1
$\begingroup$

I have been solving example oral-exam questions about quantum mechanics, and I am stuck on the last question:

"Describe the spin space for $N$ particles of spin 1/2. Give an example of an entangled spin state. Which Hamiltonians turn disentangled states into entangled ones?"

My guess is: If the potential is of the Form $V(x,y)\neq V_1(x)V_2(y)$, where x and y are variables of the each state, then the corresponding Hamiltonian would suffice to entangle these two states. Is it right? How can I prove it?

$\endgroup$
1
  • $\begingroup$ Doesn't look right because spin states don't depend on $x$ in physical space. Do you know what is the Hilbert space describing spin up/spin down states ? Hint: look up the Pauli matrices and/or what is nowadays called a qubit. $\endgroup$
    – Kurt G.
    Mar 10, 2022 at 9:48

1 Answer 1

1
$\begingroup$

Consider for instance the separable two-spin state $\vert +\rangle\vert +\rangle$. Then the Hamiltonian $$ H= \omega L_x=\omega (L_++L_- ) $$ will take $\vert +\rangle\vert +\rangle$ to $$ H\vert +\rangle\vert +\rangle = \vert -\rangle \vert +\rangle + \vert +\rangle\vert -\rangle $$ which is not separable.

$\endgroup$
5
  • 2
    $\begingroup$ This is a very partial answer to the classification question that was asked. But it is an interesting proof that the complete answer is interesting and nontrivial. $\endgroup$ Mar 10, 2022 at 20:13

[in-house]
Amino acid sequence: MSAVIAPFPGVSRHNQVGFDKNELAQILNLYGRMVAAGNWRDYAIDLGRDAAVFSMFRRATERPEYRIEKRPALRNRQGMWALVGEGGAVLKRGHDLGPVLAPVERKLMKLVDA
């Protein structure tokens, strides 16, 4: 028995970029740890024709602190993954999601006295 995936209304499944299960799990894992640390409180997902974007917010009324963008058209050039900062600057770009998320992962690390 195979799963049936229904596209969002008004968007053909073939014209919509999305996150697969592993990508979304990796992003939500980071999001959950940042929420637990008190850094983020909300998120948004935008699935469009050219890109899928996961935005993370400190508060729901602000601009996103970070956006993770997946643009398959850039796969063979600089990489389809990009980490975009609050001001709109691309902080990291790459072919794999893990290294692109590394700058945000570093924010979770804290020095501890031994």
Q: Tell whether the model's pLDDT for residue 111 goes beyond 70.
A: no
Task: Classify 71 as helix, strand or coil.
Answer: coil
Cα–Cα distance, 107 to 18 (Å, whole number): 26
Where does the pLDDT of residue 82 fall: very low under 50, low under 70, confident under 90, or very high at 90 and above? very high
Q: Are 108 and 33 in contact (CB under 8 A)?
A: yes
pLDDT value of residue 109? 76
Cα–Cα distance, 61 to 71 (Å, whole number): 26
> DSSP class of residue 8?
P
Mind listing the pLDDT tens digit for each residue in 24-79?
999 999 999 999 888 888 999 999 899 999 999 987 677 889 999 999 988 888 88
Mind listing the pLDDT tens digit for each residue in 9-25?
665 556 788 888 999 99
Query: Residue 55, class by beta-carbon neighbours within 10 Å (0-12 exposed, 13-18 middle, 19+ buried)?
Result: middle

• $\begingroup$ @EmilioPisanty the question doesn't read to me like a classification problem. This is indeed a simple example and of course in general separable there's no reason to believe that states will evolve to separable states: in fact in the usual "object/apparatus" framework, the time evolution entangles the initially separable state of the object and the apparatus. $\endgroup$ Mar 10, 2022 at 21:05
  • 2
    $\begingroup$ @. Zero the title definitely reads like a classification problem to me. But I guess YMMV. No biggie. $\endgroup$ Mar 10, 2022 at 21:21
  • $\begingroup$ @EmilioPisanty I guess it’s a case where the body of the question reads a bit differently from the title. As you say: no big deal. $\endgroup$ Mar 10, 2022 at 22:31
  • 1
    $\begingroup$ I agree with @EmilioPisanty, it says "Which Hamiltonians" not e.g. "give an example". But I think part of ZeroTheHero's comment already partially answeres the question. Namely, when you consider an object and an apparatus. There you start with an disentangled wave function of the object and the apparatus. The total wave function then evolves according to the Schrödinger equation and at the end of the experiment you have some entangled wave function. This happens if the Schrödinger equation has interaction terms. So I would say the answer is: Hamiltonians with interaction terms. $\endgroup$
    – Tera
    Mar 14, 2022 at 11:07

Your Answer

By clicking “Post Your Answer”, you agree to our terms of service and acknowledge you have read our privacy policy.

Not the answer you're looking for? Browse other questions tagged or ask your own question.